Shirky’s most interesting chapter is the final chapter entitled “Looking for the Mouse,” where he offers his observations and provides lessons on how we can harness our cognitive surplus.  The three main categories are Start, Growing and Adapting.  In the first category start, Shirky states, “You can never get complex social interactions right first crack out of the box, but you can get them wrong.  The key to starting well is to understand how the initial launch of social media is special.” (Shirky 193-194).  So how do you start?  You start small, ask why, behavior follows opportunity and default to social.
Growing which is the second category Shirky feels it’s “one of the great challenges of such systems, especially in their early days, is to manage the dynamics of growth.” (Shirky 197).  The four sub-categories consist of A hundred users are harder than a dozen and harder than a thousand; People differ, more people differ more; intimacy doesn’t scale; and support a supportive culture.
In regards to the final category adapting Shirky says, “If successful uses of cognitive surplus required designers to get it right the first time, you be able to count the successes on the fingers of one hand.  Instead, the imperative is to learn from failure, adapt, and learn again.” (Shirky 203).  The four sub-categories are the faster you learn, the sooner you’ll be able to adapt; success causes more problems than failure; clarity is violence; try anything, try everything.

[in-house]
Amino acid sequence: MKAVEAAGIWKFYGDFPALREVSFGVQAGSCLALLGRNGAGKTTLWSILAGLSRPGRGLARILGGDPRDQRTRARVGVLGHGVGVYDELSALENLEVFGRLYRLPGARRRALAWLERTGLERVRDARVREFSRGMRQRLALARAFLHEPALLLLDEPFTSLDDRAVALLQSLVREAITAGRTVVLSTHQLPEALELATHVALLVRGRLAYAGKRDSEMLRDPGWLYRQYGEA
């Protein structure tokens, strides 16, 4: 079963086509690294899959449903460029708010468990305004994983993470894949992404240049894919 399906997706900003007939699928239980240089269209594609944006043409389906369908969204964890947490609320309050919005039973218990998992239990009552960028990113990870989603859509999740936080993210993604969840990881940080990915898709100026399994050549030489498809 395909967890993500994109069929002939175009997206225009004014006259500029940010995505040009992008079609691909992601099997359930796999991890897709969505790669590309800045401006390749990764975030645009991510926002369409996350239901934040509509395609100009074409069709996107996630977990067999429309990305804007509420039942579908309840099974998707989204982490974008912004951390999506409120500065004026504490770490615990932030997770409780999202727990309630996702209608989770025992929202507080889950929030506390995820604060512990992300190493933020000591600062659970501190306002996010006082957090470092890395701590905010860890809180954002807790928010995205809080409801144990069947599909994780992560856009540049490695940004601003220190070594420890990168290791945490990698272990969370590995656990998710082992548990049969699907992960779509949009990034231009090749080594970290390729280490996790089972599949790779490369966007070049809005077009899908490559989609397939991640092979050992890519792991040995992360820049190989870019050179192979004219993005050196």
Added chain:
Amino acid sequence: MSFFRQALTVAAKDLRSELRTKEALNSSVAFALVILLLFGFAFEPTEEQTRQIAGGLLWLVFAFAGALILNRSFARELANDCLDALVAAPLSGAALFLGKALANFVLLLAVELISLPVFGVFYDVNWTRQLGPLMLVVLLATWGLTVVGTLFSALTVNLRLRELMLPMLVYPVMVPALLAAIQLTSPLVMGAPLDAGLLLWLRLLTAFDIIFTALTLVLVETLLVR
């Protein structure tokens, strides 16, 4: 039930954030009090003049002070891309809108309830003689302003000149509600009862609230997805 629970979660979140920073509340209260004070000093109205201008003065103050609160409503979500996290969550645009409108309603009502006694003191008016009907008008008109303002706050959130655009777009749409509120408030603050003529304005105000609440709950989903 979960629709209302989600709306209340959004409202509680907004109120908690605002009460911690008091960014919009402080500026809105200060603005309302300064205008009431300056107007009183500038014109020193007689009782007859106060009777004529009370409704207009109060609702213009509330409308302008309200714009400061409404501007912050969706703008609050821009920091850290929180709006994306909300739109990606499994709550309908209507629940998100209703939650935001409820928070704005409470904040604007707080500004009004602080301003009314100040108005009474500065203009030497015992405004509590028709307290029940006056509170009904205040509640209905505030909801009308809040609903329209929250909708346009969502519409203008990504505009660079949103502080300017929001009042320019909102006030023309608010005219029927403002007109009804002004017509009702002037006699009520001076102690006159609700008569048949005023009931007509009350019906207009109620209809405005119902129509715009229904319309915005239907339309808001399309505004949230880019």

This book showed how beneficial the internet can be when used in an informative and entertainment manner.  For example when women were attacked by a group of men from the Sri Ram Sene, video of these brutal attacks were uploaded on the internet and the group said they would commit future attacks a group of women started a facebook page of support for each other.  The internet can be a useful tool and can provide an opportunity for those who otherwise, may not be heard. 

Works Cited

Shirky, Clay. Cognitive Surplus: Creativity and Generosity in a Connected Age. New York: The Peguin Press, 2010.

1 comment:

  1. Good summary Lisa, you noted a lot of good points from the book!